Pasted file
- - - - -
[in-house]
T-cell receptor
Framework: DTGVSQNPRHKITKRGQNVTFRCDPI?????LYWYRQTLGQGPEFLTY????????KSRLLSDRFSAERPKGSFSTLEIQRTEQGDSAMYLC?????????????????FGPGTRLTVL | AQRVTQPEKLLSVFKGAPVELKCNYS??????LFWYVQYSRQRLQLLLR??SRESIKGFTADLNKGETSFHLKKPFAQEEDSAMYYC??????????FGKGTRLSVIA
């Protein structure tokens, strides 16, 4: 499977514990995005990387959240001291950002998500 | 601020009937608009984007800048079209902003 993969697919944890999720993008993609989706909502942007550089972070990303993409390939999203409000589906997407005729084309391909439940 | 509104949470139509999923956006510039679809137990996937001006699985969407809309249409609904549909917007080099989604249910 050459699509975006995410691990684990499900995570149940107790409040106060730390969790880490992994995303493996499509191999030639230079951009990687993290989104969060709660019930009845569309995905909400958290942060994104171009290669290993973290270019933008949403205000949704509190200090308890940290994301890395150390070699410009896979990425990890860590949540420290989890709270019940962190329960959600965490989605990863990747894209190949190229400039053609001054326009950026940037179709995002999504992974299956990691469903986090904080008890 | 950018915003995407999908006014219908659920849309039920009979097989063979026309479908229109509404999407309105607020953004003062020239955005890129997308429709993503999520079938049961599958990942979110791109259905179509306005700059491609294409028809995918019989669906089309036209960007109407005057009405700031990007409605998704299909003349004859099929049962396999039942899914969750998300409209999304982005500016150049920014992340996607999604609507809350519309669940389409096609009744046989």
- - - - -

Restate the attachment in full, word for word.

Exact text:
[in-house]
T-cell receptor
Framework: DTGVSQNPRHKITKRGQNVTFRCDPI?????LYWYRQTLGQGPEFLTY????????KSRLLSDRFSAERPKGSFSTLEIQRTEQGDSAMYLC?????????????????FGPGTRLTVL | AQRVTQPEKLLSVFKGAPVELKCNYS??????LFWYVQYSRQRLQLLLR??SRESIKGFTADLNKGETSFHLKKPFAQEEDSAMYYC??????????FGKGTRLSVIA
């Protein structure tokens, strides 16, 4: 499977514990995005990387959240001291950002998500 | 601020009937608009984007800048079209902003 993969697919944890999720993008993609989706909502942007550089972070990303993409390939999203409000589906997407005729084309391909439940 | 509104949470139509999923956006510039679809137990996937001006699985969407809309249409609904549909917007080099989604249910 050459699509975006995410691990684990499900995570149940107790409040106060730390969790880490992994995303493996499509191999030639230079951009990687993290989104969060709660019930009845569309995905909400958290942060994104171009290669290993973290270019933008949403205000949704509190200090308890940290994301890395150390070699410009896979990425990890860590949540420290989890709270019940962190329960959600965490989605990863990747894209190949190229400039053609001054326009950026940037179709995002999504992974299956990691469903986090904080008890 | 950018915003995407999908006014219908659920849309039920009979097989063979026309479908229109509404999407309105607020953004003062020239955005890129997308429709993503999520079938049961599958990942979110791109259905179509306005700059491609294409028809995918019989669906089309036209960007109407005057009405700031990007409605998704299909003349004859099929049962396999039942899914969750998300409209999304982005500016150049920014992340996607999604609507809350519309669940389409096609009744046989």